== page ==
Jimmie Rodgers by John Mellencamp
This beautiful piece on peermusic composer Jimmie Rodgers was written by John Mellencamp and appeared in the 2017 Grammy program to highlight Rodgers’ Lifetime Achievement Award. Mellencamp, a Rock and Roll Hall of Fame Inductee and Grammy winner, has long championed the founders of roots, country, and blues music and if you haven’t heard his cover of “Gambling Bar Room Blues” from “The Songs of Jimmie Rodgers” tribute album, you really should.
By John Mellencamp
Jimmie Rodgers put down a big footprint and said, “Here, fill it.” In just six years as a professional musician, Rodgers left an indelible mark on the music industry for generations to follow. As a songwriter, his stories of hard work and heartache resonated with audiences. It was his unprecedented blend of musical genres, the combination of blues, folk, jazz, and yodeling, that made him a major influence on country music artists such as Bill Monroe, Johnny Cash, and Merle Haggard, as well as other artists like Muddy Waters and Howlin’ Wolf. In 1997, Bob Dylan made a tribute record to Jimmie Rodgers called The Songs of Jimmie Rodgers — A Tribute, which I was honored to be a part of along with Alison Krauss, Willie Nelson and Van Morrison, among others.
After teaching himself to play guitar, Rodgers entered and won an amateur contest at 12 years old. Evidently the call of music had caught him, and Jimmie ran away to join a traveling road show. Although his initial musical career was cut short when his father retrieved him, the die was cast. Jimmie Rodgers the musician was born.
It was through working with his father on the railroad that Rodgers was exposed to the music of southern African-American “gandy dancers,” railroad workers who used rhythm and song to synchronize their labor based on the task at hand. This undoubtedly had a strong influence on Rodgers, who spent the next 12 years of his life working on the railroad while playing and singing to railway workers in the evenings.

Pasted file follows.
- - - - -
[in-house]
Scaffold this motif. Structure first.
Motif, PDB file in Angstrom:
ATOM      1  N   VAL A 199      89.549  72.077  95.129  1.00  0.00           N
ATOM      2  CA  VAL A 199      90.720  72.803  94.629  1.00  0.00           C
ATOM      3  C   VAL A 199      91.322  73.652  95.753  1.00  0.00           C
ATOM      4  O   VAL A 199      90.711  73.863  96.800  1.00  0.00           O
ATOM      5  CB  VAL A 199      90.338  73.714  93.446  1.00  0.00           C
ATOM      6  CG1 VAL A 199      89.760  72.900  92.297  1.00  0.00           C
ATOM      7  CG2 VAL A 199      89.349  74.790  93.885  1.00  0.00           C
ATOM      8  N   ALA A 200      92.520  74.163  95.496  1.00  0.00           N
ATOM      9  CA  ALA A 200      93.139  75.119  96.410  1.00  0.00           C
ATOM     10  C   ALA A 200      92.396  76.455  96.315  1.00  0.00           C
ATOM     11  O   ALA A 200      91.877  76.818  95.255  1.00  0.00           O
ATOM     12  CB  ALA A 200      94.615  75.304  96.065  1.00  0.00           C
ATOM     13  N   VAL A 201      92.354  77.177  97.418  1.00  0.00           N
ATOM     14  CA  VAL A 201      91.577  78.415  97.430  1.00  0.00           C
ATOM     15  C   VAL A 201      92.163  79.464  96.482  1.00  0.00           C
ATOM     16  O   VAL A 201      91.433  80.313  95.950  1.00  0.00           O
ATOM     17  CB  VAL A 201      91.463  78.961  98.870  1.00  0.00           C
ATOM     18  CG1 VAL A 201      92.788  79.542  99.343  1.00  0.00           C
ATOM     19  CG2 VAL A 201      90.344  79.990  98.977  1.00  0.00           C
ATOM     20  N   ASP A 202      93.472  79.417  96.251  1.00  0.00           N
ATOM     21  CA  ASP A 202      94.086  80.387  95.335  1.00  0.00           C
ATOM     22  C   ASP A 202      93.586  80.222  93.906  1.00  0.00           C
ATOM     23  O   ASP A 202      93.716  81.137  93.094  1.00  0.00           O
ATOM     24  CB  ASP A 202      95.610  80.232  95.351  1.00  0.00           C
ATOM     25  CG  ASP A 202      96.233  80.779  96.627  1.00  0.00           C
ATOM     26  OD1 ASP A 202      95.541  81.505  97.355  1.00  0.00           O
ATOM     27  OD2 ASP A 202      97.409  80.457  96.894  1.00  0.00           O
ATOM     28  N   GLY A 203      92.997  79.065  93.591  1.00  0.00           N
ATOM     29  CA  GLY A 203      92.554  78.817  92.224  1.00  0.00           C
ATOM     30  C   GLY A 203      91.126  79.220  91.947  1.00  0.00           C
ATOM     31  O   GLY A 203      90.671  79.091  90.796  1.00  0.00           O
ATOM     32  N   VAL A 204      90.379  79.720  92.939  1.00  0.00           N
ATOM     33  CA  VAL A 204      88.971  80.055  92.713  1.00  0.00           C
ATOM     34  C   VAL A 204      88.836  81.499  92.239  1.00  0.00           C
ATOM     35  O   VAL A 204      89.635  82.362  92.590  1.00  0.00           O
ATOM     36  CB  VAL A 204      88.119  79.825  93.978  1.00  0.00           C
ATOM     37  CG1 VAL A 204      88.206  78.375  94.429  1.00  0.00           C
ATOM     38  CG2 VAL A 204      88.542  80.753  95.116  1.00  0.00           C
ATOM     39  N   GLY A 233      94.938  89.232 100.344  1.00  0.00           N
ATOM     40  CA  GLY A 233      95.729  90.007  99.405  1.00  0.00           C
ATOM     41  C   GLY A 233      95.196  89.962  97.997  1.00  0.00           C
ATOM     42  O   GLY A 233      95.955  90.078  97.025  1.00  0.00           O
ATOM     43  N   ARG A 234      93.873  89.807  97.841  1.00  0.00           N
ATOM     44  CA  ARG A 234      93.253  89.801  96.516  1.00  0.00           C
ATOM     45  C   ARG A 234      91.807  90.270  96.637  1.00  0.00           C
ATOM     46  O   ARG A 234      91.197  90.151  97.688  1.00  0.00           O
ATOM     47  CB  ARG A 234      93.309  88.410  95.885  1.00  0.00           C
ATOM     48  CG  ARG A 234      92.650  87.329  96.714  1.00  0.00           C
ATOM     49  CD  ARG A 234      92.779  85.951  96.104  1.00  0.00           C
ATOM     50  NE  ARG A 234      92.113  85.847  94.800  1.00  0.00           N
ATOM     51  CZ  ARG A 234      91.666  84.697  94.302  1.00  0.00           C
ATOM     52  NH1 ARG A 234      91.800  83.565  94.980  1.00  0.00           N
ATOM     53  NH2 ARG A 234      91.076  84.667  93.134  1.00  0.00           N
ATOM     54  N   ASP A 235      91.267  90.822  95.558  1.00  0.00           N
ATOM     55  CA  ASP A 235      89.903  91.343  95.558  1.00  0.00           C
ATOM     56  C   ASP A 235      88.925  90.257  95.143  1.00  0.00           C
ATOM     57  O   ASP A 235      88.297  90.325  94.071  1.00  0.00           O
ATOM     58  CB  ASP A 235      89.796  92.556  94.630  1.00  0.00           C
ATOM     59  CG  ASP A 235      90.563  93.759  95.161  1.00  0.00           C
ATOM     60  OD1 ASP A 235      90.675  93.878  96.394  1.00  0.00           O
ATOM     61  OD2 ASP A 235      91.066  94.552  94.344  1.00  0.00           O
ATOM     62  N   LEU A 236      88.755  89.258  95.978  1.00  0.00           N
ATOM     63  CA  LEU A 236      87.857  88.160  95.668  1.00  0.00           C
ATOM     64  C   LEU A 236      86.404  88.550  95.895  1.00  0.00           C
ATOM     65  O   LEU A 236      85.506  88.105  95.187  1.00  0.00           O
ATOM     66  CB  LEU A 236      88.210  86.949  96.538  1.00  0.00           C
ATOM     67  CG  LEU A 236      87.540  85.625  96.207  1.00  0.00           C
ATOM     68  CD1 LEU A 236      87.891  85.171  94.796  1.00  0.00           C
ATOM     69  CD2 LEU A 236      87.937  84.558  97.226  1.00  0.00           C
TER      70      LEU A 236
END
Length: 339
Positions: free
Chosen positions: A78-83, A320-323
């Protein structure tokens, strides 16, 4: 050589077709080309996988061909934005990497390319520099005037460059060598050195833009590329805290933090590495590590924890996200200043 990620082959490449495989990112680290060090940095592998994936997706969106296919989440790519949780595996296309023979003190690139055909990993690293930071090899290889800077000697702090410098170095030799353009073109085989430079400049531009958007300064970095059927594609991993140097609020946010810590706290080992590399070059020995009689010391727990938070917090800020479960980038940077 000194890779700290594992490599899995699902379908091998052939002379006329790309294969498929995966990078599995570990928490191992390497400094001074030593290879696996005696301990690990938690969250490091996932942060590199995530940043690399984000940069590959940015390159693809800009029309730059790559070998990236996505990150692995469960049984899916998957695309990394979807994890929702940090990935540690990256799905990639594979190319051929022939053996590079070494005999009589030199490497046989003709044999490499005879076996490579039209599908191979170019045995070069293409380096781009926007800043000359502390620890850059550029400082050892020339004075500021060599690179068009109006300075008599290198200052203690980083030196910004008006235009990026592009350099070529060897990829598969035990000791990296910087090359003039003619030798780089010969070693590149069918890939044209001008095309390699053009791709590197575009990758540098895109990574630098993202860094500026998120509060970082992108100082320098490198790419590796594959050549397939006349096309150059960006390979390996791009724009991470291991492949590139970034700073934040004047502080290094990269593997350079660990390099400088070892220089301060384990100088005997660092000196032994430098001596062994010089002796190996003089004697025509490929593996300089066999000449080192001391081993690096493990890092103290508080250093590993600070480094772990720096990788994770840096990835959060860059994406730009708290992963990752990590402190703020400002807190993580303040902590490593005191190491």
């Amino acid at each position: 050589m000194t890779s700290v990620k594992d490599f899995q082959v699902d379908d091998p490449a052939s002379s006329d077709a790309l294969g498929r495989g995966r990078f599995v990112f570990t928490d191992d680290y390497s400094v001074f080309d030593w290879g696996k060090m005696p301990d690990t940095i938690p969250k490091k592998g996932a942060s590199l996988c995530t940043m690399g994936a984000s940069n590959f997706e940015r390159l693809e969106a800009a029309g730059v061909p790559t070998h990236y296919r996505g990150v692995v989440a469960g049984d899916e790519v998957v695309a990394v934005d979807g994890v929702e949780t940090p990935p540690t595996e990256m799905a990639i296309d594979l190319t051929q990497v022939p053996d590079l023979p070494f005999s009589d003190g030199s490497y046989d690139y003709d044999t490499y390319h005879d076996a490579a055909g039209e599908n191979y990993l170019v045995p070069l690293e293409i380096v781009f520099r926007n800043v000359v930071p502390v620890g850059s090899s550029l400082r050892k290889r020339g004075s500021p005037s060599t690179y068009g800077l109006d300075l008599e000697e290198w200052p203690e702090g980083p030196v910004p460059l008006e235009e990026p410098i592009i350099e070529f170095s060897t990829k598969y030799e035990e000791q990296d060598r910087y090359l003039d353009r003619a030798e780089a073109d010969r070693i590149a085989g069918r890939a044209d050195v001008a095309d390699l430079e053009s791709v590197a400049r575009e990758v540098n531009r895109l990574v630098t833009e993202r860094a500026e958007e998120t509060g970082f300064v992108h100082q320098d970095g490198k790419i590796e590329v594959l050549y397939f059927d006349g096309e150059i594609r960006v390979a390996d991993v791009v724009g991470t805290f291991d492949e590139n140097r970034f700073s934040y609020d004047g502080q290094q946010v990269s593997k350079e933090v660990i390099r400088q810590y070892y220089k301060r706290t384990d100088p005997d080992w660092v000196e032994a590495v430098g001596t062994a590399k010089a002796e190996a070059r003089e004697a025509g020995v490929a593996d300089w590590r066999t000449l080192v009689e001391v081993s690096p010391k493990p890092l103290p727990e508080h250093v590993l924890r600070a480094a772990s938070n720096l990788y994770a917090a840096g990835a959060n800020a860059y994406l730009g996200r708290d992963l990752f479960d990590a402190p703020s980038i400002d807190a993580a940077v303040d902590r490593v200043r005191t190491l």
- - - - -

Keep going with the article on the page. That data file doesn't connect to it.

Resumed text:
In 1924, Rodgers contracted tuberculosis, which ended his career as a brakeman on the railway but opened the door to his legacy as an entertainer. On April 18, 1927, Rodgers, then 29 years old, performed for the first time on WWNC, Asheville, N.C.’s first radio station. Shortly thereafter, Rodgers auditioned for then-RCA talent scout Ralph S. Peer. Rodgers’ first recording session lasted two hours and 20 minutes, and he was paid $100 for his first two songs, “The Soldier’s Sweetheart” and “Sleep, Baby, Sleep.” Rodgers then enlisted his sister-in-law, Elsie McWilliams, as his co-writer. The two penned over 40 songs together, including his next recording, “Blue Yodel,” better know as “T For Texas,” the song that sold half a million copes in the following two years.
Rodgers was the first performer inducted into the Country Music Hall of Fame and has been called the Father of Country Music. What Rodgers really did was create an entirely new musical style — a style not bound by any tradition but driven by emotion. Music that did more than entertain; it elevated and connected with millions of people of his generation and many musicians and listeners to come.
Jimmie Rodgers was the real deal. He kept his local and regional identity, yet still managed to speak to the world. His influence in all musical genres cannot be overestimated, and his legacy and influence is found everywhere. America’s Original Roots Music Hero left his mark on rock, blues and pop by inspiring artists and musicians to find their own voice, to be pioneers creating music that might some day also make its mark. Jimmie Rodgers had an emotional connection with his audience. His fans felt that he had changed their lives with his music. As artists, isn’t that what we all aspire to do?
John Mellencamp is a 14-time GRAMMY nominee who won the Best Rock Vocal Performance, Male GRAMMY for 1982. He was inducted into the Rock and Roll Hall of Fame in 2008. He received the Woody Guthrie Award in 2003 and the John Steinbeck Award in 2012.